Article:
Borderline Personality Disorder

I am more than my _____

Like every other movement working against stigma, pride is a powerful primary tool. Self-acceptance comes first.

I am more than my _____

BY LAUREN DIAZ | NOVEMBER 19, 2015, 11:50 AM

“How about I hold up a sign that says, ‘I AM MORE THAN MY BPD?’”

“How about you don’t?”

This is a brief exchange I had with myself at the 2015 photo campaign for Active Minds at Columbia University, entitled “My Mental Health Matters.” The table was littered with an array of paper signs to choose from, but I was drawn to the one with the blank. This could have been my coming out, but the stigma-fearing answer was “no.” I put down the sign and grabbed a new one that read “NO SHAME”. I smiled for the picture. I tried to look pretty, tried to look normal, but the words I held up were a lie.

On October 9, 2015 I was diagnosed with Borderline Personality Disorder. Fear of abandonment, unstable and intense relationships, lack of a sense of self, dissociation, impulsive behavior, self-harm, suicidal gestures–it goes on and on. I fit the profile, but this did not upset me much, since doctors had shared their suspicions with me for some time now. As a matter of fact, I was relieved. “Yes,” I thought, “I finally get to put a name to the thing. Put a name to the thing, control the thing”.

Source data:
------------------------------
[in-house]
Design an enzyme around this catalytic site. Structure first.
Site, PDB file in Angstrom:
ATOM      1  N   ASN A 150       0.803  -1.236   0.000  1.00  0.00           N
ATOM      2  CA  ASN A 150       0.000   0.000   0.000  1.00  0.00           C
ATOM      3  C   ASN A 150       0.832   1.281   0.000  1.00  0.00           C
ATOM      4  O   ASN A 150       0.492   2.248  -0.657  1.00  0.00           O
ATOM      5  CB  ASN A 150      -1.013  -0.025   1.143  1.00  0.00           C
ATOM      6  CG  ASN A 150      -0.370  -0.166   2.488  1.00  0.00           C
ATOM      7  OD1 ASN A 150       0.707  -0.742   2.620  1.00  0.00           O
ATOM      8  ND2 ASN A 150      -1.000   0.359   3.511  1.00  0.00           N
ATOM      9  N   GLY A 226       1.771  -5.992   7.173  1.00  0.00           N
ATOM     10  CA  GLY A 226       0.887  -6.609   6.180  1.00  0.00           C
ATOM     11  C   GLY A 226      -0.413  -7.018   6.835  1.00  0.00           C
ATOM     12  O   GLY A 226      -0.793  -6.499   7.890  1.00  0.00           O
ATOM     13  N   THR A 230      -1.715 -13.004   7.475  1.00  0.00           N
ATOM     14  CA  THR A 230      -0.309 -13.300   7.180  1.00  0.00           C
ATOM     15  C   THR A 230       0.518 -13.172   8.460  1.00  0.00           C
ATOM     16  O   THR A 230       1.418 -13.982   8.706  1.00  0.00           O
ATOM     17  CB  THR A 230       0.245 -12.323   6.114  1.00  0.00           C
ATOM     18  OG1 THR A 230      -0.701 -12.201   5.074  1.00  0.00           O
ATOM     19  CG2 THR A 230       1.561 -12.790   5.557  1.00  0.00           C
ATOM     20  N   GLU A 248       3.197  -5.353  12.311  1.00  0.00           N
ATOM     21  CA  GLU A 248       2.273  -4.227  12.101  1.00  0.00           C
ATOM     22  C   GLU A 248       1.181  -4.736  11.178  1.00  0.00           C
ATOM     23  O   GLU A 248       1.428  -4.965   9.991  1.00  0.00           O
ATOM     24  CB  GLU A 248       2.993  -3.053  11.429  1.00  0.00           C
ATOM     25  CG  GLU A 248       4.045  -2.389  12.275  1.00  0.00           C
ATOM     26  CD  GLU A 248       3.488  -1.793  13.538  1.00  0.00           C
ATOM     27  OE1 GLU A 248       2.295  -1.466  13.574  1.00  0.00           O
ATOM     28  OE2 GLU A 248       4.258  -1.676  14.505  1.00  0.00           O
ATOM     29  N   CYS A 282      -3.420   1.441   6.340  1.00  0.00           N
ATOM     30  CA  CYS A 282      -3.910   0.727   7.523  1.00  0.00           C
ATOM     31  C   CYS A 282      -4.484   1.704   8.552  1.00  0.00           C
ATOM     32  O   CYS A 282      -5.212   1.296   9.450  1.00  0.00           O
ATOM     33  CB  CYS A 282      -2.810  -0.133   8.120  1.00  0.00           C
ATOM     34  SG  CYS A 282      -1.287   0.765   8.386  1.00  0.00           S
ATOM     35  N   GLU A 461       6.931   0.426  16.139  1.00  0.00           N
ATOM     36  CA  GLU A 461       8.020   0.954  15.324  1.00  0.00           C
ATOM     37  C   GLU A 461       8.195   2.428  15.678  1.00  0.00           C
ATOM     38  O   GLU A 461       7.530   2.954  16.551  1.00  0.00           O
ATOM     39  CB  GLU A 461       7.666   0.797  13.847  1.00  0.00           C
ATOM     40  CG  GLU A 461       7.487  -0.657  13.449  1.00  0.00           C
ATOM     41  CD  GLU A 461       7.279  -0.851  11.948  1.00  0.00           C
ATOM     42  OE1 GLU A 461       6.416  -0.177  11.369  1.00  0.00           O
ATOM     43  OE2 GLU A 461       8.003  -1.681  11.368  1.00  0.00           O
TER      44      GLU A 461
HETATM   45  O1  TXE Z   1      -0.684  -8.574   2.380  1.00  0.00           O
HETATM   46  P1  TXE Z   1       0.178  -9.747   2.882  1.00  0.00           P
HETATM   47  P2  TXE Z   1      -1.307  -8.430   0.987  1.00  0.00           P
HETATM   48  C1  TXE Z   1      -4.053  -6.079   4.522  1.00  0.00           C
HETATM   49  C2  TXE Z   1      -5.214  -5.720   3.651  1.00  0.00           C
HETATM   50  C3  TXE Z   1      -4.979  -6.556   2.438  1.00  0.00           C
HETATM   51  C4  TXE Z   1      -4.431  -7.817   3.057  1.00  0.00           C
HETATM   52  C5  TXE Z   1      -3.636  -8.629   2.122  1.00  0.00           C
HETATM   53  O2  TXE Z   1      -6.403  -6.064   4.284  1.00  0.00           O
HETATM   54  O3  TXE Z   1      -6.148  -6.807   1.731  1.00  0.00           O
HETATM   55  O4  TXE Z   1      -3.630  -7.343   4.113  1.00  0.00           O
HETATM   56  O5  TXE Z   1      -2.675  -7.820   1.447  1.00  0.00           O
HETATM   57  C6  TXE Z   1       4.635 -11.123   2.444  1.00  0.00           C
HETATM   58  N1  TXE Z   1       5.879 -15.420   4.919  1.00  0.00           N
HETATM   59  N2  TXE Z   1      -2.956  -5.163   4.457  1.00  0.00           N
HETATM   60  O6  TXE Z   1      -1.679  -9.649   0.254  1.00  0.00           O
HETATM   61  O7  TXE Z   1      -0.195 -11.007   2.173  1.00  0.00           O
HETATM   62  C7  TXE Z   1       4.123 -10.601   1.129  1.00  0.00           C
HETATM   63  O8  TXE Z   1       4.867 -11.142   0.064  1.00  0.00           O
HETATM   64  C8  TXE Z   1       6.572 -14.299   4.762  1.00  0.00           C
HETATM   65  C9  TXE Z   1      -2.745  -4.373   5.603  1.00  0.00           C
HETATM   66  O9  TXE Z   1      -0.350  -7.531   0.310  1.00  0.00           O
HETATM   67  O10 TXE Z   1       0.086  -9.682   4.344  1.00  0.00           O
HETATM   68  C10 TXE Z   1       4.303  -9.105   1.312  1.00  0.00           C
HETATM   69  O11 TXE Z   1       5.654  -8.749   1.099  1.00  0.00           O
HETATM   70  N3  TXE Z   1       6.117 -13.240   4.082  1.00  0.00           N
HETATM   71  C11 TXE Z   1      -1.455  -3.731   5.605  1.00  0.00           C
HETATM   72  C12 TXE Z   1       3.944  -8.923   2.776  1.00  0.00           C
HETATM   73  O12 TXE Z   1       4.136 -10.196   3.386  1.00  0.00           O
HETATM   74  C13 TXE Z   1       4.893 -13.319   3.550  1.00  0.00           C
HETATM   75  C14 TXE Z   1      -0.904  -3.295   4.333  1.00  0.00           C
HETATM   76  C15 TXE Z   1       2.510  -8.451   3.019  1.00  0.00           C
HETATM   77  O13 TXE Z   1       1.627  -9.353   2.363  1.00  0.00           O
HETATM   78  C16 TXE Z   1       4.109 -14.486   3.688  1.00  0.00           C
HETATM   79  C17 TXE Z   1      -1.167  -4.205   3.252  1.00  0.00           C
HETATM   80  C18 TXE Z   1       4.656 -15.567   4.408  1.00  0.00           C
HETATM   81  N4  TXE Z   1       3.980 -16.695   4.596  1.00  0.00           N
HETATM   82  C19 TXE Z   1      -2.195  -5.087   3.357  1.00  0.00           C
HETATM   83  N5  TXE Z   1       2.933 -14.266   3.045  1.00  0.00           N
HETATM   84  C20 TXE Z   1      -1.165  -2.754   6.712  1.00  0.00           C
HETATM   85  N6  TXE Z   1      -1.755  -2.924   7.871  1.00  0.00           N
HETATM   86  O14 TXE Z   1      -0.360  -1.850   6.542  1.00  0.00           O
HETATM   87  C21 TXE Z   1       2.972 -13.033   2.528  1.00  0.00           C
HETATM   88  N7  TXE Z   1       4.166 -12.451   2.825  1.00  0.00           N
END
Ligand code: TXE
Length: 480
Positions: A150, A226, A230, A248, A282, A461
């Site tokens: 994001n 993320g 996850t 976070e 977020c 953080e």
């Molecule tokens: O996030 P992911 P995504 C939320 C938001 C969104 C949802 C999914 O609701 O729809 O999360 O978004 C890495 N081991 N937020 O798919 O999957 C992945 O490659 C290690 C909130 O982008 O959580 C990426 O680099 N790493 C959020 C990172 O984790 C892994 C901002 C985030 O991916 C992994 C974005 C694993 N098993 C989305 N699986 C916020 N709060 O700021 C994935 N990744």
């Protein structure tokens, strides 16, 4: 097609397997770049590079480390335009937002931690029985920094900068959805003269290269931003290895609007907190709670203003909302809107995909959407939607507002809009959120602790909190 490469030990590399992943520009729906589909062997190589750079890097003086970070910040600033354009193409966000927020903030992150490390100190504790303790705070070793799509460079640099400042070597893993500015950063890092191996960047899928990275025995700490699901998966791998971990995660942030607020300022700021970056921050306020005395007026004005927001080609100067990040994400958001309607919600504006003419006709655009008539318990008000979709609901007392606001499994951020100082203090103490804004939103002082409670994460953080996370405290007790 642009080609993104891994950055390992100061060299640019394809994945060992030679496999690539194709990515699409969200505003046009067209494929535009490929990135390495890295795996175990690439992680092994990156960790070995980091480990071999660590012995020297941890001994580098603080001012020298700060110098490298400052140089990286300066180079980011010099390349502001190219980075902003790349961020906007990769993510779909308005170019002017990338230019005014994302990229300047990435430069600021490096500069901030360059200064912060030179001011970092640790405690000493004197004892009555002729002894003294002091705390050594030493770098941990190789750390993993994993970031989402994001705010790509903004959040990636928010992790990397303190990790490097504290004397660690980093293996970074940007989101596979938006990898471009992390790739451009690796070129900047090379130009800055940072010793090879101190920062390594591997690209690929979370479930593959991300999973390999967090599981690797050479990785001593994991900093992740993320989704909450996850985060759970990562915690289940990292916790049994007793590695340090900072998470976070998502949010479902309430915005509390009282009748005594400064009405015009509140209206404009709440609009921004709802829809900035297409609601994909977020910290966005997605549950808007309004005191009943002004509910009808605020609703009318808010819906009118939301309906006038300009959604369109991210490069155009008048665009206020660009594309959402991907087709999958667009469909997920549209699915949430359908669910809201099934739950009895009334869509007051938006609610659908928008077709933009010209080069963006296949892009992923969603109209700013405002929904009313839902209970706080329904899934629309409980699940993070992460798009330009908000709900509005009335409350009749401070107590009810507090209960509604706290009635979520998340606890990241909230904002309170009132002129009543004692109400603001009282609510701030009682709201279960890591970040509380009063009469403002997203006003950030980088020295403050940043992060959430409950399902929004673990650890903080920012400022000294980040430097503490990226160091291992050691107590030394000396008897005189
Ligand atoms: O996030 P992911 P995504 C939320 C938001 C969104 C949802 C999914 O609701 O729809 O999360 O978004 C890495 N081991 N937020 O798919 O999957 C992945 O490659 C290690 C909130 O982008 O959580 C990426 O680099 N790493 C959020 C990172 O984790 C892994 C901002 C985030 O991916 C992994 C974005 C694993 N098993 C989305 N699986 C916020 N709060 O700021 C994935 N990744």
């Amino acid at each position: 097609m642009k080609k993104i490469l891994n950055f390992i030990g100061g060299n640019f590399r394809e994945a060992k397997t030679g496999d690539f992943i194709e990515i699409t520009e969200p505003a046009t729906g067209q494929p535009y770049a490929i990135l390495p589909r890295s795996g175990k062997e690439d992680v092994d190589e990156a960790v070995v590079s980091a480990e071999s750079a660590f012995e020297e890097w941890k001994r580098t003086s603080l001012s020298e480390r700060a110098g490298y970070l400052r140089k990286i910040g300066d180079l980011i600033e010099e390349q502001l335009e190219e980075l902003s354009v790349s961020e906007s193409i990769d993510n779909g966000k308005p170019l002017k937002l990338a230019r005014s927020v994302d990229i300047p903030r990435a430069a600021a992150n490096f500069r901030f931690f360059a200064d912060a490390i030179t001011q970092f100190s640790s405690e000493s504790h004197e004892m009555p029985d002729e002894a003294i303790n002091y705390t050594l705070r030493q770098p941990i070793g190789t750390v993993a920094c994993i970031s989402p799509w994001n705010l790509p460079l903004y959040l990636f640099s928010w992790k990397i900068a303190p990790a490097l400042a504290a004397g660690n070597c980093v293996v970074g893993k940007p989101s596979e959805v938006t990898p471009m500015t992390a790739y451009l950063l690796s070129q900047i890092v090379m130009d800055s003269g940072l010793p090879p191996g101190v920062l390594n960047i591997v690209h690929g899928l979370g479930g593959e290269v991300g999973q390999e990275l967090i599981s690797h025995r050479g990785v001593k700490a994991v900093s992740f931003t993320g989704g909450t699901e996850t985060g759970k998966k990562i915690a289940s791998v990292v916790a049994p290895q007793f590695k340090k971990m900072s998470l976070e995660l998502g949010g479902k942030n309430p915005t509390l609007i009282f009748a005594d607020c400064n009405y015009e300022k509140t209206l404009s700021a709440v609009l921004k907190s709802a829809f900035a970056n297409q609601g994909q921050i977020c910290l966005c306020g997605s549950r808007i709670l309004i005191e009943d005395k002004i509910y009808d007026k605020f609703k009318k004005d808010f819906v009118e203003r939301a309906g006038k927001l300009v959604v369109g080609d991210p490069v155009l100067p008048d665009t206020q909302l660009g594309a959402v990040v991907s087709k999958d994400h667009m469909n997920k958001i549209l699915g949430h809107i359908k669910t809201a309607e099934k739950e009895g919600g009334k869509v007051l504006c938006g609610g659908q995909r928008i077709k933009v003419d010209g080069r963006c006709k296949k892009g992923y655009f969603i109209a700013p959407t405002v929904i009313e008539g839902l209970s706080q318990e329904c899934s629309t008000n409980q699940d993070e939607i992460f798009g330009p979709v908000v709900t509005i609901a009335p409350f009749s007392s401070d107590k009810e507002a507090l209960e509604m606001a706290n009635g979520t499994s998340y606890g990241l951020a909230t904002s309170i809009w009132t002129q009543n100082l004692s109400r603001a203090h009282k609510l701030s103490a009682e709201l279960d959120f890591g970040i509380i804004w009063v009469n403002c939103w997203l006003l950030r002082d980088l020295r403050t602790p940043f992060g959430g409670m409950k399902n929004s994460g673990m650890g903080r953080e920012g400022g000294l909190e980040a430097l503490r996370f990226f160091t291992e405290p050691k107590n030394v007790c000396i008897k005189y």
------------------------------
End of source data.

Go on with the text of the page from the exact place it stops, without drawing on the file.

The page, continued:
After speaking with my doctor and doing my own research, it became clear that BPD was “the bad one” that you didn’t want to get slapped with. It was the disorder no one liked to talk about, except implicitly in horror movies. I am the woman in “Single White Female,” “Fatal Attraction,” “The Roommate,” and many more disturbing stories of psychotic women. Or rather, they are caricatures of me. I am not a murderous, manipulative, or obsessive stalker. I and many other borderlines would be more likely to hurt ourselves out of pure emotional pain rather than hurt someone else.

BPD is inherently complex and misunderstood, and so are Borderlines. Aspiration-driven Columbia pretends to be open and accepting of mental illness, but how often is this really addressed and publicized, and does it truly cover a wide enough spectrum? We are growing more comfortable addressing depression openly, but unfortunately, BPD is categorized as a personality disorder, not a mood disorder. These we are less comfortable with. The assumption is that these people are intrinsically screwed up. They are crazy and volatile to the very core and fit neatly into a box provided by the Diagnostic and Statistical Manual of Mental Disorders. This false belief is ultimately damaging.


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